With runners on the corners, Brock Holt came through with a base hit, cutting the Mariners lead to two. That brought J.D. Martinez to the plate. The slugger hit a fly ball to deep right field, and it looked like Mitch Haniger got a bat read off the bat. He went after it relatively slowly, and the ball ultimately bounced off his glove. Betts had to hang at second to tag in case it was caught so didn’t score, but the Red Sox had the bases loaded. The defensive clinic only continued from there when Mitch Moreland hit a weak, broken-bat grounder to the left side that inexplicably got under Seager’s glove at third base, allowing two more runs to score and tying the game at three.

So, Paxton wasn’t even pitching too poorly but the Red Sox were rolling through the inning with three runs scored already and two on and nobody out. That brought Bogaerts up, and this time the defense had nothing to do with it. Boston’s shortstop got a fastball down in the zone and he took it the other way for a three-run shot to right-center field. Just like that, the Red Sox somehow had a 6-3 lead. Boston would get a couple more runners and run Paxton out of the game that inning but the score remained the same.

From there, things quieted down a bit. Porcello settled into a groove and set the side down in order in each of the next two innings, providing those big shutdown innings that were needed in this game. Unfortunately, the Red Sox weren’t getting much going against the Mariners bullpen either, so the 6-3 score held into the bottom of the fifth.

There, Porcello got into some more trouble, though it wasn’t as concerning as the beginning of this game. After getting a couple of quick outs, the Red Sox righty allowed three consecutive ground ball singles. That put another run on the board for Seattle, and the bases would load up after a two-out walk to Nelson Cruz. Porcello got a big ground ball against Seager to strand them, though, and Boston had a two-run lead after five.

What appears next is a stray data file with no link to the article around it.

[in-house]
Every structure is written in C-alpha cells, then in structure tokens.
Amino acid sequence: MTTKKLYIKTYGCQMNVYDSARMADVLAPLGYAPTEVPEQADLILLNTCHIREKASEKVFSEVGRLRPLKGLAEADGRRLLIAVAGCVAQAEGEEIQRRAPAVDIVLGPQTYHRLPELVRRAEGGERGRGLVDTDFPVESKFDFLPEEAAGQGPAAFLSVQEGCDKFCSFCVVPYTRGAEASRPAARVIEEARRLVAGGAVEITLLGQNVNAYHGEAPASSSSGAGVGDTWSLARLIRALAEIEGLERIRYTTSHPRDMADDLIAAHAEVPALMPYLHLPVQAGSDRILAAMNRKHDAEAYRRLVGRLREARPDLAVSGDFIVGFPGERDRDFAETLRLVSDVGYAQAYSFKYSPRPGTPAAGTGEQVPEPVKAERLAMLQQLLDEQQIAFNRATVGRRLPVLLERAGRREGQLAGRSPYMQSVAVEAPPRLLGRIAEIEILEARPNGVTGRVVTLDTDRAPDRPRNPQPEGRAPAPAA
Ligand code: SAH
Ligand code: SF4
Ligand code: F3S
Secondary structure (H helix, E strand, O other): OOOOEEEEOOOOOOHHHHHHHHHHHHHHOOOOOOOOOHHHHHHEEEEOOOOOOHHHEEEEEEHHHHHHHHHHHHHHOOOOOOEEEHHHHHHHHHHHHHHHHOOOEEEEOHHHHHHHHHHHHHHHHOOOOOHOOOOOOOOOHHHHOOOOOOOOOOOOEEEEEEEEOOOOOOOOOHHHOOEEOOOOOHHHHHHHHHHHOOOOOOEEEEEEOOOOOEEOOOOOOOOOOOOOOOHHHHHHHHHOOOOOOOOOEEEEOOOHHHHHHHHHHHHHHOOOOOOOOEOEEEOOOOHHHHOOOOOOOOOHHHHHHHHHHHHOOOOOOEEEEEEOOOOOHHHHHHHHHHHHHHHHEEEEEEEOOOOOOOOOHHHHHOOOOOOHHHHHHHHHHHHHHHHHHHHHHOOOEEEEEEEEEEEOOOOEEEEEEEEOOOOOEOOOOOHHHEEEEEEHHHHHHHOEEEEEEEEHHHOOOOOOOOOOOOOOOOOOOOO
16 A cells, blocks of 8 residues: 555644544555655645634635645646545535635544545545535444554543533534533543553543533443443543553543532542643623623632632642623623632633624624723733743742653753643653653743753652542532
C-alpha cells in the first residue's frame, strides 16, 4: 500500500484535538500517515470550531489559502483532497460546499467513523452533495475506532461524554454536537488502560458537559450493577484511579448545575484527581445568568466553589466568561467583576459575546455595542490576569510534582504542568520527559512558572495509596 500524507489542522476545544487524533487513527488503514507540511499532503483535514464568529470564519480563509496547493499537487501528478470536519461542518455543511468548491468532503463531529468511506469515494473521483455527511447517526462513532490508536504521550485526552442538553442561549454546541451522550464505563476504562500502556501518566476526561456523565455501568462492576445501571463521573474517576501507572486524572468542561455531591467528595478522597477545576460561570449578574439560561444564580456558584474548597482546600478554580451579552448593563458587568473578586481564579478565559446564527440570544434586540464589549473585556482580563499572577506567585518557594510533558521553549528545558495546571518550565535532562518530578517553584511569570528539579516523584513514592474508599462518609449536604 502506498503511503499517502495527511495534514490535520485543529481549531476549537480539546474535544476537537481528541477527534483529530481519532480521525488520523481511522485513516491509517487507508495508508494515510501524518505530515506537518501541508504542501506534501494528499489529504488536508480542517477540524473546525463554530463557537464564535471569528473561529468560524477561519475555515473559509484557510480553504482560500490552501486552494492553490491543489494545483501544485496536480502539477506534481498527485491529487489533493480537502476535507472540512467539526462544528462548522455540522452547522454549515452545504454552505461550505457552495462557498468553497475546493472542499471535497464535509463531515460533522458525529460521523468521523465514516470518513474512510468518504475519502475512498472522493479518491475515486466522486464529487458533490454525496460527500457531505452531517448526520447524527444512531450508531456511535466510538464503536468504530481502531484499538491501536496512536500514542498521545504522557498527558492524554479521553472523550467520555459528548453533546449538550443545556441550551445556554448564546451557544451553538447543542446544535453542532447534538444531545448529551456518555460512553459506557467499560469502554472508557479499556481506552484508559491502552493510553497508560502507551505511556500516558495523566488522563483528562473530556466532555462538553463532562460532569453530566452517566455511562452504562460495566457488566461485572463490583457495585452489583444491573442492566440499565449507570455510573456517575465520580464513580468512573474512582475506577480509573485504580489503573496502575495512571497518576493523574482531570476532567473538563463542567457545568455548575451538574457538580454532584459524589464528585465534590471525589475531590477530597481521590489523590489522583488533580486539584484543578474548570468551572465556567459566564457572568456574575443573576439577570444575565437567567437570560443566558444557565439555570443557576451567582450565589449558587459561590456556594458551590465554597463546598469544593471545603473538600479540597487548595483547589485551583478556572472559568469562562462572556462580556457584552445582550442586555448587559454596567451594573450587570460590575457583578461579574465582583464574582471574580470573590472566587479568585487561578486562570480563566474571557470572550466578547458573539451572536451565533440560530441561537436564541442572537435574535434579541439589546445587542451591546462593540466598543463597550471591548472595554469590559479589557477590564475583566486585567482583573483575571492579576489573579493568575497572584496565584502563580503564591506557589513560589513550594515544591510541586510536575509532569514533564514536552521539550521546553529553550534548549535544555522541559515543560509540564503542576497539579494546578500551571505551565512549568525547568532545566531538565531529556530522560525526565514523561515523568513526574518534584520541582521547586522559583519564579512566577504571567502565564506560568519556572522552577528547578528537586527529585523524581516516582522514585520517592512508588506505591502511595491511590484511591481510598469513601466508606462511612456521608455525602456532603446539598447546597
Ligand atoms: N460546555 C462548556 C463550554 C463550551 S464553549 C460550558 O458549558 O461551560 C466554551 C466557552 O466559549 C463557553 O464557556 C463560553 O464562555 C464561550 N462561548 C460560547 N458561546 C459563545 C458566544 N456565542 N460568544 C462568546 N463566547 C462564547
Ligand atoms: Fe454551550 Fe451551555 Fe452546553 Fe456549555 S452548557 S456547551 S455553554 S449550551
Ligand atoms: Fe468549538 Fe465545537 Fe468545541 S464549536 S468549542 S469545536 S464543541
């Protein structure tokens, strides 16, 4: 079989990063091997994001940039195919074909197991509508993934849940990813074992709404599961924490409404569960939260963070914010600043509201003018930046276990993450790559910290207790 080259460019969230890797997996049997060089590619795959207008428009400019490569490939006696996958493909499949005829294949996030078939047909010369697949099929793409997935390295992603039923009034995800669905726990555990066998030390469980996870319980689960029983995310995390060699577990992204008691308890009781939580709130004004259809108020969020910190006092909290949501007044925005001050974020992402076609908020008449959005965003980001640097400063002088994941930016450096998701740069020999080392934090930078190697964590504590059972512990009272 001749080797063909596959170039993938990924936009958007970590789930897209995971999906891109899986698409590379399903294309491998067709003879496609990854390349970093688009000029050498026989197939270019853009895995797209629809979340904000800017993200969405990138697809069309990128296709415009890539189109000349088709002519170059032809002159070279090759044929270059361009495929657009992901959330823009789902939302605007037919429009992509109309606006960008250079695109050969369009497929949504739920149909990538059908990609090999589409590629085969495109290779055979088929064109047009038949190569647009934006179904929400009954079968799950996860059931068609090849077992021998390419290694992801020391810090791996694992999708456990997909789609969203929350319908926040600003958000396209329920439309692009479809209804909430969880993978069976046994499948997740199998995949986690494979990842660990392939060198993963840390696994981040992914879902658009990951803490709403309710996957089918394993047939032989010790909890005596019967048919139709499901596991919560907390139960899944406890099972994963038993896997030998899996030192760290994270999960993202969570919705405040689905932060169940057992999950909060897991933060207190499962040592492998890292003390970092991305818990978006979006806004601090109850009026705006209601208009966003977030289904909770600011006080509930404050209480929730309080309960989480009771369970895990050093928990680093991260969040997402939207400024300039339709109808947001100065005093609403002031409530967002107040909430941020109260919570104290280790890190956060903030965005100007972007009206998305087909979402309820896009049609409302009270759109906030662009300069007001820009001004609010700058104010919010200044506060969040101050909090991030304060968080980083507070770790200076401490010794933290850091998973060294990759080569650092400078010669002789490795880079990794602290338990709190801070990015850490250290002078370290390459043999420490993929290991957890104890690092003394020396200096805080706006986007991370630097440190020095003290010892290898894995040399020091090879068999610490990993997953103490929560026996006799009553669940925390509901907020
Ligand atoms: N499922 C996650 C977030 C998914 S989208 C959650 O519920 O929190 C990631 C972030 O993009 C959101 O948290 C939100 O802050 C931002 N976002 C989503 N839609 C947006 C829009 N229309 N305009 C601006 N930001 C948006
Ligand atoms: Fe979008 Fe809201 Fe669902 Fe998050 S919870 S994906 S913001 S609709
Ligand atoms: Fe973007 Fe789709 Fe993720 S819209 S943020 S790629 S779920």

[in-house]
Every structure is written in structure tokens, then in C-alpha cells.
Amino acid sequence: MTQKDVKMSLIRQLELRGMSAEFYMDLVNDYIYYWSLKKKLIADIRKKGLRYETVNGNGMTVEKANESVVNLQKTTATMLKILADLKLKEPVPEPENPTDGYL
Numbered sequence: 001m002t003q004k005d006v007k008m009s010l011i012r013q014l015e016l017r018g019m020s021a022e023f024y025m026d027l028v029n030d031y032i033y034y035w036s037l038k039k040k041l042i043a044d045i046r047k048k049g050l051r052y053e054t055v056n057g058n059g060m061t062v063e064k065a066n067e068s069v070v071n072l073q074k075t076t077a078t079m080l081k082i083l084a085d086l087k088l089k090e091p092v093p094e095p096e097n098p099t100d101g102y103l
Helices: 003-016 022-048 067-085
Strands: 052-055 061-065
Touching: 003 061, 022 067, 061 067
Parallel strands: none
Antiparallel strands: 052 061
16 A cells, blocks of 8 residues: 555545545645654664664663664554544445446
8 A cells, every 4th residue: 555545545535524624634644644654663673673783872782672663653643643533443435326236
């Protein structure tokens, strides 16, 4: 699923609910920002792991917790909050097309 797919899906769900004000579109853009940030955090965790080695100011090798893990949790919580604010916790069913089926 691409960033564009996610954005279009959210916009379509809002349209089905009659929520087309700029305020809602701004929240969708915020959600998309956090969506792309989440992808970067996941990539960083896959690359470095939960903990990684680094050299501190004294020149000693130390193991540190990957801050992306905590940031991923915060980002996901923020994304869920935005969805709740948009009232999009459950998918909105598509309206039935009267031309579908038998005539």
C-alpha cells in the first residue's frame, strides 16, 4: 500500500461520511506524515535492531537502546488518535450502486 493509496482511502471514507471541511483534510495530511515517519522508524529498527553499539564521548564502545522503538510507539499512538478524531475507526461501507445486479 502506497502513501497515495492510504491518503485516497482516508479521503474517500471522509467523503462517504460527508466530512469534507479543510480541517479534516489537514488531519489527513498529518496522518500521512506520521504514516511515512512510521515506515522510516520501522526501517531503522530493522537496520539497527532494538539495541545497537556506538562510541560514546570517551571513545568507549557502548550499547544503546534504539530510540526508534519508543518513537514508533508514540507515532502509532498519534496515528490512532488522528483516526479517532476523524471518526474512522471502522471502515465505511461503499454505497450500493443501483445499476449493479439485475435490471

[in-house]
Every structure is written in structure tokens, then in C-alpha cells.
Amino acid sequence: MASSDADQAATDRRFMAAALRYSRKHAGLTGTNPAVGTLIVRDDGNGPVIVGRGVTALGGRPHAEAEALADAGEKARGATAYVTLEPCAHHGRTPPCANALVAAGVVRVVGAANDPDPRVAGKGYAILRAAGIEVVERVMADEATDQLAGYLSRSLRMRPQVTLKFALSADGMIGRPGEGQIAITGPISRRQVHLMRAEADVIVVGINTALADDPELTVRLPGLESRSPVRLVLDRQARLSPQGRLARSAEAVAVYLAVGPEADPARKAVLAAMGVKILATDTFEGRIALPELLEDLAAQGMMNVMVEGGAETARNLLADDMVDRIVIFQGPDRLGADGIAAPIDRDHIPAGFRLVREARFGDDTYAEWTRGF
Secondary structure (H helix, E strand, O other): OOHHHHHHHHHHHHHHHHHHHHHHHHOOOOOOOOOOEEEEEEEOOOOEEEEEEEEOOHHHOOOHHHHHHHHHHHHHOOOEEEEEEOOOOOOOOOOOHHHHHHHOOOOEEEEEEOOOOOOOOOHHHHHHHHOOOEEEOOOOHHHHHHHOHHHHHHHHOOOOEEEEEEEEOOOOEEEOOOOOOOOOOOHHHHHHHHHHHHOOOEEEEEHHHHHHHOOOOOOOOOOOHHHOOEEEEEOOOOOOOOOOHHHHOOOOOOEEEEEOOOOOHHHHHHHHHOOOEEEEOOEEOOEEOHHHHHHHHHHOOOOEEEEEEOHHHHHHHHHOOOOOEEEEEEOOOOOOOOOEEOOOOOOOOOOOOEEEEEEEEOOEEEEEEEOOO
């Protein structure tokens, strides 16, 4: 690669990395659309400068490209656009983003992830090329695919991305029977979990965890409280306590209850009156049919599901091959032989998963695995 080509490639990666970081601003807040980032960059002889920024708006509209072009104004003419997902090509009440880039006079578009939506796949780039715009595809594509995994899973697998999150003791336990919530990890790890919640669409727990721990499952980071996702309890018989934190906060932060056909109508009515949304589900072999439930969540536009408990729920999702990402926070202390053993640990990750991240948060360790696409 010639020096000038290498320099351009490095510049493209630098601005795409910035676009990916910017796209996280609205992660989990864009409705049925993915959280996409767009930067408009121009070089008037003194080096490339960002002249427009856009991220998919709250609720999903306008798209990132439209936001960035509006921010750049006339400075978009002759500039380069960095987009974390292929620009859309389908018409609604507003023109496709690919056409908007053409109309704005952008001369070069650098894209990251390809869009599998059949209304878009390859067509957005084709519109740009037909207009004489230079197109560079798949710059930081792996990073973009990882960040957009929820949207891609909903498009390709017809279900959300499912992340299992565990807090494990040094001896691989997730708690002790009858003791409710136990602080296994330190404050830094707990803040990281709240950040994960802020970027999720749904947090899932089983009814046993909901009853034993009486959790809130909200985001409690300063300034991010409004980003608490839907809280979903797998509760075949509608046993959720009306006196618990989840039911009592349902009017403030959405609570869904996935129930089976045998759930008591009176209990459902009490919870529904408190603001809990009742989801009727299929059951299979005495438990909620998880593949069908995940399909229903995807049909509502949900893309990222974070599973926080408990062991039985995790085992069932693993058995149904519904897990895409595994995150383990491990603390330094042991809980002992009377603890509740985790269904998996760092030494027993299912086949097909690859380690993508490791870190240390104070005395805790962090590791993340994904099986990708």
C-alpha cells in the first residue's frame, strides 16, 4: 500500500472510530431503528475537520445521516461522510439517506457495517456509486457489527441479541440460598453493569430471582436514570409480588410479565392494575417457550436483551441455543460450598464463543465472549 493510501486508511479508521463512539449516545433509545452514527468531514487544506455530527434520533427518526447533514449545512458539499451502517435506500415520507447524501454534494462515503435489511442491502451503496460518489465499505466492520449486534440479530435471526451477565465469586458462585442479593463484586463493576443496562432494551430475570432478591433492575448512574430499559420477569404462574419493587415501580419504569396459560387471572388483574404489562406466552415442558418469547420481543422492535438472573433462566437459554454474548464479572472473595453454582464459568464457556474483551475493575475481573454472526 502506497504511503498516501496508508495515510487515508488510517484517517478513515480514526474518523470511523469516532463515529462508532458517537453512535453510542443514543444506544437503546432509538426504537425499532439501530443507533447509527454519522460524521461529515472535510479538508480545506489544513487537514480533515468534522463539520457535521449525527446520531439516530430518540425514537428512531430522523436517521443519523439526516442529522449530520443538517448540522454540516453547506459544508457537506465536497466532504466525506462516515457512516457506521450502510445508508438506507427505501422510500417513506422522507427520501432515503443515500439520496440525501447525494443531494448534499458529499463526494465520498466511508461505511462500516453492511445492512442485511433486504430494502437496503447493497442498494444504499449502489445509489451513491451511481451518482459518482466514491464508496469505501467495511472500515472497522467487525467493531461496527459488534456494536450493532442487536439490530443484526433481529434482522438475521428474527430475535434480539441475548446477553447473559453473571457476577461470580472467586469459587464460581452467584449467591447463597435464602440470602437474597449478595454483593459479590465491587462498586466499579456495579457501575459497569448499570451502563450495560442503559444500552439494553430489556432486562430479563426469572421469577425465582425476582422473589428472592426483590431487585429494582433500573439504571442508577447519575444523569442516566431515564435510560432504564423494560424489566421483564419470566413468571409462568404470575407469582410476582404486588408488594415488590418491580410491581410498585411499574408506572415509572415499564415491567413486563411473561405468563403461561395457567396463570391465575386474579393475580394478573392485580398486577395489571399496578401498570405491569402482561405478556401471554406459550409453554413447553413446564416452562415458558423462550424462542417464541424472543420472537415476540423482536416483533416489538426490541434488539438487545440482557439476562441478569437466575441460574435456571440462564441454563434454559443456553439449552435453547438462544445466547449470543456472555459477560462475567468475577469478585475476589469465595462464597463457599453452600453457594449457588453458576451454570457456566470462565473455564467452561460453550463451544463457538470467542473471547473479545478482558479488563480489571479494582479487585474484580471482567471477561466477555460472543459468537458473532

The Red Sox starter would get through a clean sixth to end his night, and the Red Sox offense would get a couple runners on in the seventh before stranding them there. Bucking the trend of this game, Seattle got some great defense in that inning to prevent more runs from being scored.

So, with the 6-4 lead Heath Hembree came on for the bottom of the seventh. That inning did not get off to a good start with Zunino leading off the frame by talking a slider on the outer half and pushing it out over the right field wall to cut the lead to one. After a couple of outs, Hembree would allow a walk to bring Nelson Cruz to the plate. Fortunately, he induced a pop up to end the inning with the one-run lead in hand.

After the Red Sox stranded the bases loaded in the eighth — an inning plagued by untimely outs and poor sequencing — Matt Barnes came on for the bottom half to protect the 6-5 lead. He was not able to succeed in that goal. Barnes did get a strikeout to lead off the inning, but things went downhill from there. He followed that up with a four-pitch walk followed by a single that found a hole through the left side. With two on and one out, Denard Span came up to pinch hit. If you’ll recall, Span was with the Rays earlier this year and has killed Boston whenever he got the chance. That continued in this one, as he smoked a double into the right field corner to score two and give Seattle the one-run lead. He’s get out of the inning after that, but the damage was done.

So, the Red Sox were going up against one of the best closers in the game trying to at least push this one into the bottom of the ninth. Things got off to a promising start when Martinez led off with a single, and after a Moreland strikeout the runner moved over to second on a wild pitch. Bogaerts followed that up with a walk, putting two on with one out for Rafael Devers. He’d pop out on the first pitch, leaving it all up to Eduardo Núñez. He could not come through, grounding out to end the game with a couple on base.

The Red Sox will look to get back on track in game three of this series on Saturday. They’ll be sending Steven Wright to the mound with Wade LeBlanc throwing for Seattle. First pitch is at 8:15 PM ET.


Courtesy of Fangraphs